Armada Collective deadline passes: The aftermath
The industry collectively held their breath when 13th July, 2017 came… and went without much fanfare. Cyber extortion group, Armada Collective last week, had threatened to flood online trading servers with too much traffic, effectively triggering a Distributed Denial of Service (DDoS) attack, unless a ransom of 10 bitcoins from each brokerage firm was paid before that fateful date.
At time of writing this, 13th July is finally over, but some parties are taking into account the possible different time zone. For the Armada Collective, the day to attack may not be over yet.
Many parties are also not taking the threat seriously. They refer to the popular wisdom of CloudFlare’s blog entry that CloudFlare has “…been unable to find a single incident where the current incarnation of the Armada Collective has actually launched a DDoS attack.” (CloudFlare’s latest blog entry about the matter can be found here.)
This is their conclusion after they ‘surveyed’ over 100 existing and prospective customers. CloudFlare is a US company that provides DDoS protection services among others.
In spite of this conclusion, perhaps just as many parties are taking doing the necessary to protect themselves, anyway.
Alan See, the co-founder and CEO of cybersecurity and consultancy services provider, Firmus, said, “There is no sign of any DDoS attack. The deadline to pay was 12th July, and failure to pay would see the perpetrator launch a full scale attack on 13th July 2017 (yesterday).
Referring to his various sources in the industry, See found that, “So far, the industry is okay and we are monitoring everything closely.
“So, Bursa Malaysia, local regulator MCMC, online trading vendors and all ISPs are now working together and taking all necessary precaution as per advice by experts.”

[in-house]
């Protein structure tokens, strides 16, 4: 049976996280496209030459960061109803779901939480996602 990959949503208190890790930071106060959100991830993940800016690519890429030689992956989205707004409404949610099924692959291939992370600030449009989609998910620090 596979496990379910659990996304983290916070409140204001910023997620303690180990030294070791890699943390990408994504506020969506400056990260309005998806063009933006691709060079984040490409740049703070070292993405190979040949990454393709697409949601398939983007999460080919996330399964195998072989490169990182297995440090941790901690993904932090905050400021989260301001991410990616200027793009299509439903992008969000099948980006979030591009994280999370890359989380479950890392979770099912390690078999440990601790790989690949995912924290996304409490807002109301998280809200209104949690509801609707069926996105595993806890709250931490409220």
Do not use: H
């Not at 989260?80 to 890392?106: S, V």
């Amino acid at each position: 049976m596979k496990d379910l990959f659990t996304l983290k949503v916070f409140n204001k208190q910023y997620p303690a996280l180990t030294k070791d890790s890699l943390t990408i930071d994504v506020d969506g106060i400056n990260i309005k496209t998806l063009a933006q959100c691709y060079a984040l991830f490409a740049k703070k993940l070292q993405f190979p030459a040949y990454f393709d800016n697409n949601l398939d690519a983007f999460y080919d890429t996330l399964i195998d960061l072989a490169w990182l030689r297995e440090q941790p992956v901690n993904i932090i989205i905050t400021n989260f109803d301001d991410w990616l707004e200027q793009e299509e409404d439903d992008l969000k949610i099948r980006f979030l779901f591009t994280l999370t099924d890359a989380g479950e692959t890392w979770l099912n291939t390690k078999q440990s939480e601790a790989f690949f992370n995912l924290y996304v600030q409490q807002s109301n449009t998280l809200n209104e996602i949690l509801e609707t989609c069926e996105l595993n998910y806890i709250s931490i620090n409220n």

Not much is known in terms of whether DDoS attempts had been (or are being) made and whether DDoS mitigation services have successfully thwarted them.
But has anyone paid?
The next question that remains is whether any online brokerages in Malaysia has paid the 10 bitcoin ransom to Armada Collective.
CloudFlare, has blogged before that some targets had paid the ransom, when similar threats were made to other brokerage firms in other countries Ie. Taiwan, Korea.
See doubted that any payment was made this time, reasoning that, “It would be a bad idea. Once they know that you pay the ransom, they may do it to you again and claim themselves to be another extortion group!”
Some industry players have opined about the possibility that after a lapse of a few weeks, when the threat is thought to be over and when everybody’s guards are down again, a cyberattack would indeed happen.
Perhaps, the best idea would be to adopt a state of constant vigilance.
This is always easier said than done, but the viciousness and stealthiness of cyber attacks and cyber threats have increased exponentially to the point, there is no other state for an organisation’s security posture to realistically be at, but to always be on the lookout and to always assume defense has already been compromised.